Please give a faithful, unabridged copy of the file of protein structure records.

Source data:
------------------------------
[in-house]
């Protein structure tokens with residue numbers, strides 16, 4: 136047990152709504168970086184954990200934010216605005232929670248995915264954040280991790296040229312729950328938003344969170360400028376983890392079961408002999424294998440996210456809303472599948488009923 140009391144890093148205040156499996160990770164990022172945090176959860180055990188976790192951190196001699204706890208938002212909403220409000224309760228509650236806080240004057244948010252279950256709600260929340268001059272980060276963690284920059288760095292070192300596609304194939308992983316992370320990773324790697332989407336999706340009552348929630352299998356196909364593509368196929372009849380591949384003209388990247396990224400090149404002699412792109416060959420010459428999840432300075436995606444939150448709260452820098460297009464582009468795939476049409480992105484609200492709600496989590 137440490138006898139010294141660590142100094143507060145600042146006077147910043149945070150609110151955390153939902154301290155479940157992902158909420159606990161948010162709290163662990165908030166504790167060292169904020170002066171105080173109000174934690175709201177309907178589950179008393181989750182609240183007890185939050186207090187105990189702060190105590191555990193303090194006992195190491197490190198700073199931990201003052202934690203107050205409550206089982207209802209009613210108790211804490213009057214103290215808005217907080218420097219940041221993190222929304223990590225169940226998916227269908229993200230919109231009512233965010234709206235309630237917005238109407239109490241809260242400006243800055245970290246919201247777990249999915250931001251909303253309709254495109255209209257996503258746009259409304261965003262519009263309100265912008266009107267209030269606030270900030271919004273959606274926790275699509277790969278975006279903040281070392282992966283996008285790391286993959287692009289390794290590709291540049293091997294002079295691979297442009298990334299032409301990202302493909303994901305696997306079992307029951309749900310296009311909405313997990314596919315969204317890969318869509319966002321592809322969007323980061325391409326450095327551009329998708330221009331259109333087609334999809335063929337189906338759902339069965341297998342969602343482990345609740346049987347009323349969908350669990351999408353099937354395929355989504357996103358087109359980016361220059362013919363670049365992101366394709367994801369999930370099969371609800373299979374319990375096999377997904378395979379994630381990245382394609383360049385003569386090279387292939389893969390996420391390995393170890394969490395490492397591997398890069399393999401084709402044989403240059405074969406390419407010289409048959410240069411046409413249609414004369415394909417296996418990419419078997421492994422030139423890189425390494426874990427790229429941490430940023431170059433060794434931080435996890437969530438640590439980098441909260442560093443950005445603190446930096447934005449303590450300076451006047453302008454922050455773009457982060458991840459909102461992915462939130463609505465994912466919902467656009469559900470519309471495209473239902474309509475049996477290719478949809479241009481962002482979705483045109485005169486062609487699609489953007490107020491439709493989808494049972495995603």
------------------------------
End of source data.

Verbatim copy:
[in-house]
């Protein structure tokens with residue numbers, strides 16, 4: 136047990152709504168970086184954990200934010216605005232929670248995915264954040280991790296040229312729950328938003344969170360400028376983890392079961408002999424294998440996210456809303472599948488009923 140009391144890093148205040156499996160990770164990022172945090176959860180055990188976790192951190196001699204706890208938002212909403220409000224309760228509650236806080240004057244948010252279950256709600260929340268001059272980060276963690284920059288760095292070192300596609304194939308992983316992370320990773324790697332989407336999706340009552348929630352299998356196909364593509368196929372009849380591949384003209388990247396990224400090149404002699412792109416060959420010459428999840432300075436995606444939150448709260452820098460297009464582009468795939476049409480992105484609200492709600496989590 137440490138006898139010294141660590142100094143507060145600042146006077147910043149945070150609110151955390153939902154301290155479940157992902158909420159606990161948010162709290163662990165908030166504790167060292169904020170002066171105080173109000174934690175709201177309907178589950179008393181989750182609240183007890185939050186207090187105990189702060190105590191555990193303090194006992195190491197490190198700073199931990201003052202934690203107050205409550206089982207209802209009613210108790211804490213009057214103290215808005217907080218420097219940041221993190222929304223990590225169940226998916227269908229993200230919109231009512233965010234709206235309630237917005238109407239109490241809260242400006243800055245970290246919201247777990249999915250931001251909303253309709254495109255209209257996503258746009259409304261965003262519009263309100265912008266009107267209030269606030270900030271919004273959606274926790275699509277790969278975006279903040281070392282992966283996008285790391286993959287692009289390794290590709291540049293091997294002079295691979297442009298990334299032409301990202302493909303994901305696997306079992307029951309749900310296009311909405313997990314596919315969204317890969318869509319966002321592809322969007323980061325391409326450095327551009329998708330221009331259109333087609334999809335063929337189906338759902339069965341297998342969602343482990345609740346049987347009323349969908350669990351999408353099937354395929355989504357996103358087109359980016361220059362013919363670049365992101366394709367994801369999930370099969371609800373299979374319990375096999377997904378395979379994630381990245382394609383360049385003569386090279387292939389893969390996420391390995393170890394969490395490492397591997398890069399393999401084709402044989403240059405074969406390419407010289409048959410240069411046409413249609414004369415394909417296996418990419419078997421492994422030139423890189425390494426874990427790229429941490430940023431170059433060794434931080435996890437969530438640590439980098441909260442560093443950005445603190446930096447934005449303590450300076451006047453302008454922050455773009457982060458991840459909102461992915462939130463609505465994912466919902467656009469559900470519309471495209473239902474309509475049996477290719478949809479241009481962002482979705483045109485005169486062609487699609489953007490107020491439709493989808494049972495995603």